Is the building heights issue a done deal? Everybody happy? Probably not the 160 people who signed the petition against keeping the 45-foot limit in the 4-C (commercial) zone. An ill-advised promise that citizens would have another opportunity to have their concerns addressed is looking extremely unlikely.
At its January meeting, part two of the heights hearing, the City Council settled on some desired changes in the residential and 10-MU zones. But it did not alter 4-C, which fronts Hwy. 101 north of the 10-MU and extends for some distance on either side. To be clear, 45-foot buildings are taller than 99 percent of structures that now stand in Port Orford. Many who testified were in favor of lowering virtually all height limits to a maximum of 28 to 30 feet. A petition to that effect circulated prior to the January hearing and was signed by about a hundred people. Plenty of comment letters said the same.
After the January decision, a new petition circulated, gathering 160 signatures. It called on the council to rethink the 4-C height limit in the new ordinance and also remove substantial exceptions that could be allowed for certain types of building, such as hospitals and nursing homes. But because the hearing was closed (since December 3), there could legally be no substantive changes made. So, at its February meeting, the council did a first AND second reading, then passed the new ordinance amending building heights without changes. Afterward, property owners were mailed a notice of the decision, and a draft of the approved ordinance was published. See it at portorford.org.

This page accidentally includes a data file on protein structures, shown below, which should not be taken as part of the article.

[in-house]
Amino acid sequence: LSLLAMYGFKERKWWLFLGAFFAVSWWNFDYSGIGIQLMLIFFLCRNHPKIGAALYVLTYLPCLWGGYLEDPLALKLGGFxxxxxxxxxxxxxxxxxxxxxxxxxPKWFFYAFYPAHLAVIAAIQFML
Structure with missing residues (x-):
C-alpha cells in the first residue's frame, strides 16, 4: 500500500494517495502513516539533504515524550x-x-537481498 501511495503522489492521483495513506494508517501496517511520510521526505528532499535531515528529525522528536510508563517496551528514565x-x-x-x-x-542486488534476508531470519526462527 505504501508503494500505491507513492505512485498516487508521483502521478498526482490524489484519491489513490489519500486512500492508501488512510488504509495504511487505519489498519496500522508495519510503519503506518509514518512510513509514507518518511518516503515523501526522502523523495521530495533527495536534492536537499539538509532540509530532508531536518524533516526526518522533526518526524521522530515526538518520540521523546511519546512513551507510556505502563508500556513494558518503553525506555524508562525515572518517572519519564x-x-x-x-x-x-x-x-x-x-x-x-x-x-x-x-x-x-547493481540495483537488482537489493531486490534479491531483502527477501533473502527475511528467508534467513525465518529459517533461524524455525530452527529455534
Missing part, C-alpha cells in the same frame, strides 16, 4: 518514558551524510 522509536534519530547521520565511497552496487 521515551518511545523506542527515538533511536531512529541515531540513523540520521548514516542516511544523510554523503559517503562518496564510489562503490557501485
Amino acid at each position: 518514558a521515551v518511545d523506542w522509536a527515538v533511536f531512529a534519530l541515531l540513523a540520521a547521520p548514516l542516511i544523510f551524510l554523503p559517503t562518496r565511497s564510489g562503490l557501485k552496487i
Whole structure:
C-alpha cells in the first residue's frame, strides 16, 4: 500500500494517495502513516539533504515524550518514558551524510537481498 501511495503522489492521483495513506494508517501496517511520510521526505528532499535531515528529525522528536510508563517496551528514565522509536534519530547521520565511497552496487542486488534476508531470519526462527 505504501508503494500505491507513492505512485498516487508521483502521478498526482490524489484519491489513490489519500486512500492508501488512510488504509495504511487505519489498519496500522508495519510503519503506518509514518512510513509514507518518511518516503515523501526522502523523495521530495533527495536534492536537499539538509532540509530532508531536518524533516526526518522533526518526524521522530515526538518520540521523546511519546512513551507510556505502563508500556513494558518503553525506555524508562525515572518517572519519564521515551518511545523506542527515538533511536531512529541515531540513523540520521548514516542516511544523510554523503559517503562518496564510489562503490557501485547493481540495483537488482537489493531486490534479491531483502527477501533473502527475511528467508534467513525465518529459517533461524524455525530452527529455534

Okay. Stuff happens. But, muddying the water again, a councilor suggested sending the issue BACK to the Planning Commission for more research and a partial do-over of some sort — according to a post on Facebook. The implication was that we could just keep throwing options at the wall and hoping that they’d stick. This after a full and legal hearing that could reasonably be interpreted as the final word, and after a months-long process involving costs for staff time (Planner, Legal, Clerk), as well as for mailing the notice and the decision.
Still, we attended the virtual Planning Commission meeting last Tuesday to see what would happen. Nothing did. The chair opened the meeting with general remarks about the job of Planning, the need to know “exactly what we’re doing,” and the responsibilities of the commission. She said that she saw the FB post and checked it out with the mayor. He said, “I don’t recall this from the meeting.” Then the commissioners went on to other business.
End of story? It would seem so. Will we see a bunch of 45-foot buildings go up soon? No, likely not (but we can’t rule it out). Height alone is only one factor in the preservation of liveability and village character in Port Orford. We get that. And heights were reduced in the 10-MU and residential zones. But that 45-foot loophole concerns many of us.
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